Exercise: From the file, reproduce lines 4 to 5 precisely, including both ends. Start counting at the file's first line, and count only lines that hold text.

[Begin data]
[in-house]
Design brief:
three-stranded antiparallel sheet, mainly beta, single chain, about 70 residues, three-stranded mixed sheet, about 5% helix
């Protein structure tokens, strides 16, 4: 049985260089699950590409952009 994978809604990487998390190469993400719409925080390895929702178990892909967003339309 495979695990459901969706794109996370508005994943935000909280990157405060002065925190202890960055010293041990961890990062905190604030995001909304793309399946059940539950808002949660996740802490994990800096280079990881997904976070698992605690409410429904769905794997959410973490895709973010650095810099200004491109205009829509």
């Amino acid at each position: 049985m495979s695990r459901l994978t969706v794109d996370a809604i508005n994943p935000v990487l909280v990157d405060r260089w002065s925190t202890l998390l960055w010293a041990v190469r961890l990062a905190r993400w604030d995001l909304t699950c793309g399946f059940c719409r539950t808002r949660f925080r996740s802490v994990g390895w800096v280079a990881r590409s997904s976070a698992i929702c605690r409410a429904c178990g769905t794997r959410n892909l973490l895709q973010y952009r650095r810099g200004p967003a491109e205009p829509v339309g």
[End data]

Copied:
């Protein structure tokens, strides 16, 4: 049985260089699950590409952009 994978809604990487998390190469993400719409925080390895929702178990892909967003339309 495979695990459901969706794109996370508005994943935000909280990157405060002065925190202890960055010293041990961890990062905190604030995001909304793309399946059940539950808002949660996740802490994990800096280079990881997904976070698992605690409410429904769905794997959410973490895709973010650095810099200004491109205009829509």
């Amino acid at each position: 049985m495979s695990r459901l994978t969706v794109d996370a809604i508005n994943p935000v990487l909280v990157d405060r260089w002065s925190t202890l998390l960055w010293a041990v190469r961890l990062a905190r993400w604030d995001l909304t699950c793309g399946f059940c719409r539950t808002r949660f925080r996740s802490v994990g390895w800096v280079a990881r590409s997904s976070a698992i929702c605690r409410a429904c178990g769905t794997r959410n892909l973490l895709q973010y952009r650095r810099g200004p967003a491109e205009p829509v339309g």